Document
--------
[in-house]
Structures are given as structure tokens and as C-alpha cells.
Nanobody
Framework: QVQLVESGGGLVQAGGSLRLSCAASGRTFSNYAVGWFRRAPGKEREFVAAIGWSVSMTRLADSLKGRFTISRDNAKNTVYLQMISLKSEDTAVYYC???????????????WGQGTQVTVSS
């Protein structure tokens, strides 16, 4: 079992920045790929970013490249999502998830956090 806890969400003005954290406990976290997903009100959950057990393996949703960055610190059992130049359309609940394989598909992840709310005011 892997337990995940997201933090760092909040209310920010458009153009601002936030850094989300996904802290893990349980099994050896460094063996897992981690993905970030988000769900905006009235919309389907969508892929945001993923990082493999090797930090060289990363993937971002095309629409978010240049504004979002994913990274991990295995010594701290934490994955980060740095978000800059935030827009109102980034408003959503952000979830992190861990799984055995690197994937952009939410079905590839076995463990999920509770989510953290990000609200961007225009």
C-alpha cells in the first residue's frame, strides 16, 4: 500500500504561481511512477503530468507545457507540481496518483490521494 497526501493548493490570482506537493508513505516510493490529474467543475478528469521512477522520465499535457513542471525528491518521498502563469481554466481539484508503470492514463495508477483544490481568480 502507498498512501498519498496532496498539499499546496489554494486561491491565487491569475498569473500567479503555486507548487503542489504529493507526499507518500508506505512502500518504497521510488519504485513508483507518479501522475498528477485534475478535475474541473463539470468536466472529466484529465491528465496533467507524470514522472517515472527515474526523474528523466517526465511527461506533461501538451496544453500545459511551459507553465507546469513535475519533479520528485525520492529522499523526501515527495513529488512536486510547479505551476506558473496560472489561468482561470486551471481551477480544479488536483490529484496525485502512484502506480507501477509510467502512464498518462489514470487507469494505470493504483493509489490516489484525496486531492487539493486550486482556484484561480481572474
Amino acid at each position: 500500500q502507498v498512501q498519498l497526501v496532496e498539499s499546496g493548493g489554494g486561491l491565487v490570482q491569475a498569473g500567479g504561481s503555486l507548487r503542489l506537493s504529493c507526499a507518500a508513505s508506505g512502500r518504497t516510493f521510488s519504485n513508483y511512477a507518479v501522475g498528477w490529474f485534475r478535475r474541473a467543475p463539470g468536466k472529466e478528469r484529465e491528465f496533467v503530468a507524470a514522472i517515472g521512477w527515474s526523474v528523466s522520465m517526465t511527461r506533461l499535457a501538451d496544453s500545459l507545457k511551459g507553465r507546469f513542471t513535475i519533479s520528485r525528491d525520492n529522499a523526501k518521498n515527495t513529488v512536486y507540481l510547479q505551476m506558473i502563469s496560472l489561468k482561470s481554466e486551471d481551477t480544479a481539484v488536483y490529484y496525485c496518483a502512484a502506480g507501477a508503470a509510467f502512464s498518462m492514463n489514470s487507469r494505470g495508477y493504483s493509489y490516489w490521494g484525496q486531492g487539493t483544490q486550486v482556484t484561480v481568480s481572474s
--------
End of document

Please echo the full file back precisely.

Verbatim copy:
[in-house]
Structures are given as structure tokens and as C-alpha cells.
Nanobody
Framework: QVQLVESGGGLVQAGGSLRLSCAASGRTFSNYAVGWFRRAPGKEREFVAAIGWSVSMTRLADSLKGRFTISRDNAKNTVYLQMISLKSEDTAVYYC???????????????WGQGTQVTVSS
């Protein structure tokens, strides 16, 4: 079992920045790929970013490249999502998830956090 806890969400003005954290406990976290997903009100959950057990393996949703960055610190059992130049359309609940394989598909992840709310005011 892997337990995940997201933090760092909040209310920010458009153009601002936030850094989300996904802290893990349980099994050896460094063996897992981690993905970030988000769900905006009235919309389907969508892929945001993923990082493999090797930090060289990363993937971002095309629409978010240049504004979002994913990274991990295995010594701290934490994955980060740095978000800059935030827009109102980034408003959503952000979830992190861990799984055995690197994937952009939410079905590839076995463990999920509770989510953290990000609200961007225009």
C-alpha cells in the first residue's frame, strides 16, 4: 500500500504561481511512477503530468507545457507540481496518483490521494 497526501493548493490570482506537493508513505516510493490529474467543475478528469521512477522520465499535457513542471525528491518521498502563469481554466481539484508503470492514463495508477483544490481568480 502507498498512501498519498496532496498539499499546496489554494486561491491565487491569475498569473500567479503555486507548487503542489504529493507526499507518500508506505512502500518504497521510488519504485513508483507518479501522475498528477485534475478535475474541473463539470468536466472529466484529465491528465496533467507524470514522472517515472527515474526523474528523466517526465511527461506533461501538451496544453500545459511551459507553465507546469513535475519533479520528485525520492529522499523526501515527495513529488512536486510547479505551476506558473496560472489561468482561470486551471481551477480544479488536483490529484496525485502512484502506480507501477509510467502512464498518462489514470487507469494505470493504483493509489490516489484525496486531492487539493486550486482556484484561480481572474
Amino acid at each position: 500500500q502507498v498512501q498519498l497526501v496532496e498539499s499546496g493548493g489554494g486561491l491565487v490570482q491569475a498569473g500567479g504561481s503555486l507548487r503542489l506537493s504529493c507526499a507518500a508513505s508506505g512502500r518504497t516510493f521510488s519504485n513508483y511512477a507518479v501522475g498528477w490529474f485534475r478535475r474541473a467543475p463539470g468536466k472529466e478528469r484529465e491528465f496533467v503530468a507524470a514522472i517515472g521512477w527515474s526523474v528523466s522520465m517526465t511527461r506533461l499535457a501538451d496544453s500545459l507545457k511551459g507553465r507546469f513542471t513535475i519533479s520528485r525528491d525520492n529522499a523526501k518521498n515527495t513529488v512536486y507540481l510547479q505551476m506558473i502563469s496560472l489561468k482561470s481554466e486551471d481551477t480544479a481539484v488536483y490529484y496525485c496518483a502512484a502506480g507501477a508503470a509510467f502512464s498518462m492514463n489514470s487507469r494505470g495508477y493504483s493509489y490516489w490521494g484525496q486531492g487539493t483544490q486550486v482556484t484561480v481568480s481572474s